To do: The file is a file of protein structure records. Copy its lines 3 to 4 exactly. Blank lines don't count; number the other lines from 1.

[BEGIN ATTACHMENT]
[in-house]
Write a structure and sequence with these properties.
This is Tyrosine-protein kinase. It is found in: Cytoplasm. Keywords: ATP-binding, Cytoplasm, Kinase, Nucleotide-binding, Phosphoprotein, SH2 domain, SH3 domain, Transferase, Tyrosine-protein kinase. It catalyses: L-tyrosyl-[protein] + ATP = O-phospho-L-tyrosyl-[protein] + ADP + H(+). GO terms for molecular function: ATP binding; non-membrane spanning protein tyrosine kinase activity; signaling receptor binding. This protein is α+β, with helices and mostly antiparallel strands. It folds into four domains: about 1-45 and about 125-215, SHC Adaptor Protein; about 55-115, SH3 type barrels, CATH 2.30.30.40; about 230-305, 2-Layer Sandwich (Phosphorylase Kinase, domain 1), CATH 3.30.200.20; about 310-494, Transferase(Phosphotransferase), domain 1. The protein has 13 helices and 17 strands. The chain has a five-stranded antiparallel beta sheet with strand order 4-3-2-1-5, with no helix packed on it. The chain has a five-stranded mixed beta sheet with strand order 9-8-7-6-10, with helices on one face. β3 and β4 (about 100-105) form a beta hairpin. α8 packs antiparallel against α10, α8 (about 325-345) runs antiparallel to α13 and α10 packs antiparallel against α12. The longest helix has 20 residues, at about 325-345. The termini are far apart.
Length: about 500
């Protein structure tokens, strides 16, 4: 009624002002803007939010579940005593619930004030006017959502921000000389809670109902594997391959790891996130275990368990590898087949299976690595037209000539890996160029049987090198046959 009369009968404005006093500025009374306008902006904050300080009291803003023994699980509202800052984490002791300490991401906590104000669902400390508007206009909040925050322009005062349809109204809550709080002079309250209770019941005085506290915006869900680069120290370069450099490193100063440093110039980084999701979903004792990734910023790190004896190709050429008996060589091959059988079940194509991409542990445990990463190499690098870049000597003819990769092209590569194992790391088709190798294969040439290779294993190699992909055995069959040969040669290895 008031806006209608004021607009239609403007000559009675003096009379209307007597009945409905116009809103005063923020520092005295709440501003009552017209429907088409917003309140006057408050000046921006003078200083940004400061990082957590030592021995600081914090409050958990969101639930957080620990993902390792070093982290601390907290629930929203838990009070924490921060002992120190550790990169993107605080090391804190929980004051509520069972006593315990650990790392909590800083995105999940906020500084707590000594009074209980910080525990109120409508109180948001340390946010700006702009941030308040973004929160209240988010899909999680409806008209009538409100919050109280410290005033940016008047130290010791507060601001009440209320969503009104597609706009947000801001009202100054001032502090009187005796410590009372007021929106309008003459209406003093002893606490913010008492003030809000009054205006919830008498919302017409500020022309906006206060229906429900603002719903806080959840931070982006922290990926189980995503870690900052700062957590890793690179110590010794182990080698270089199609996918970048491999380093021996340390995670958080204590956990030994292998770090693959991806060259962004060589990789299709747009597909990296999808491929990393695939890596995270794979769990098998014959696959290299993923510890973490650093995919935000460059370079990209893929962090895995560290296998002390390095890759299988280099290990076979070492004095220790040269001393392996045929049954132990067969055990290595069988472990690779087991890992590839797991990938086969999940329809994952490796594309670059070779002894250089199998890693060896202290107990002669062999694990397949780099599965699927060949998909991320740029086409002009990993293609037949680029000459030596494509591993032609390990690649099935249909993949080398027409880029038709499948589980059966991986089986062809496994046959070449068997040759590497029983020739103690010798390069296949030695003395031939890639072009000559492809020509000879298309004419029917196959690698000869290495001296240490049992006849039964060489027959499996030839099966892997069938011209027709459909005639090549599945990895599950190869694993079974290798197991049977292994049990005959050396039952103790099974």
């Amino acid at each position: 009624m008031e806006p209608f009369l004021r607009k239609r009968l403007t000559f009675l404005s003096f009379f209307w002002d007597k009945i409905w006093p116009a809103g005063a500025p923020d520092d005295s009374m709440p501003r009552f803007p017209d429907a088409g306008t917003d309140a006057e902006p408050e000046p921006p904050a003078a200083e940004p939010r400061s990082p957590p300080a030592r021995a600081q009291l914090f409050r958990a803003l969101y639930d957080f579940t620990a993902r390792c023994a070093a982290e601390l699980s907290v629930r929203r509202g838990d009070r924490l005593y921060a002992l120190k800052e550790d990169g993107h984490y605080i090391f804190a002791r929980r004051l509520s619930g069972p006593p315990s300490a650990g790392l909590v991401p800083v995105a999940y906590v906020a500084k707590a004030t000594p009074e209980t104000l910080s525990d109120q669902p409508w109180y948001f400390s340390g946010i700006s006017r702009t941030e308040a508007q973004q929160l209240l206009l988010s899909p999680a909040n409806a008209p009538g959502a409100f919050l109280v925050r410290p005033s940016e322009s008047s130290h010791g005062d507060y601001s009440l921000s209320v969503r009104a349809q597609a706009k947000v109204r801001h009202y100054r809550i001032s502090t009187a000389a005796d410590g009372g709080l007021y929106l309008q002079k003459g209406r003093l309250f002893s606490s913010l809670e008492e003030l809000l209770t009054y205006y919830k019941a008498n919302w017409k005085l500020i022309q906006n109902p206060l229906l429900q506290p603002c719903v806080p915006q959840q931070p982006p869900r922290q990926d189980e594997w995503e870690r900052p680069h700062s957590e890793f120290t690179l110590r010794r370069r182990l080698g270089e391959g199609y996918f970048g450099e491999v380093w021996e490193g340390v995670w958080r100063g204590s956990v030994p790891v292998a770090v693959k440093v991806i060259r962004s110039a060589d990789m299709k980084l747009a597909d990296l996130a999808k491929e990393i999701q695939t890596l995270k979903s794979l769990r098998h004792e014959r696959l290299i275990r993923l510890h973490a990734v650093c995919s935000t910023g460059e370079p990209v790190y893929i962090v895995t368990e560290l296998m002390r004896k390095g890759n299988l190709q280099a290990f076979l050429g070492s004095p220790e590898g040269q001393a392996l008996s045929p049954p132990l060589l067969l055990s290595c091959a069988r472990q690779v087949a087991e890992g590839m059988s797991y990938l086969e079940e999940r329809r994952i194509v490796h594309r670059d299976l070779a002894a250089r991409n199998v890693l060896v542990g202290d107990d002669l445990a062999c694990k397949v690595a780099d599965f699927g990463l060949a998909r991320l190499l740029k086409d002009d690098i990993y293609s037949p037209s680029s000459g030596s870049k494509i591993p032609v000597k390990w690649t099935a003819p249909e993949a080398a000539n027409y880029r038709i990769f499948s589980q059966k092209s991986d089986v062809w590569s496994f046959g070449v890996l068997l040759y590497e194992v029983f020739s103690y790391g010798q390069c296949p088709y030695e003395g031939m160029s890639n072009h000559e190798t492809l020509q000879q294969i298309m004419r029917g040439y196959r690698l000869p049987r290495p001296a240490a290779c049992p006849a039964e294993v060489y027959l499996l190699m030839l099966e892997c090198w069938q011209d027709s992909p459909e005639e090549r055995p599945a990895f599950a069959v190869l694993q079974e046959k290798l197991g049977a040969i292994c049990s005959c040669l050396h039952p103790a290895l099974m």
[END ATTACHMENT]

This is Tyrosine-protein kinase. It is found in: Cytoplasm. Keywords: ATP-binding, Cytoplasm, Kinase, Nucleotide-binding, Phosphoprotein, SH2 domain, SH3 domain, Transferase, Tyrosine-protein kinase. It catalyses: L-tyrosyl-[protein] + ATP = O-phospho-L-tyrosyl-[protein] + ADP + H(+). GO terms for molecular function: ATP binding; non-membrane spanning protein tyrosine kinase activity; signaling receptor binding. This protein is α+β, with helices and mostly antiparallel strands. It folds into four domains: about 1-45 and about 125-215, SHC Adaptor Protein; about 55-115, SH3 type barrels, CATH 2.30.30.40; about 230-305, 2-Layer Sandwich (Phosphorylase Kinase, domain 1), CATH 3.30.200.20; about 310-494, Transferase(Phosphotransferase), domain 1. The protein has 13 helices and 17 strands. The chain has a five-stranded antiparallel beta sheet with strand order 4-3-2-1-5, with no helix packed on it. The chain has a five-stranded mixed beta sheet with strand order 9-8-7-6-10, with helices on one face. β3 and β4 (about 100-105) form a beta hairpin. α8 packs antiparallel against α10, α8 (about 325-345) runs antiparallel to α13 and α10 packs antiparallel against α12. The longest helix has 20 residues, at about 325-345. The termini are far apart.
Length: about 500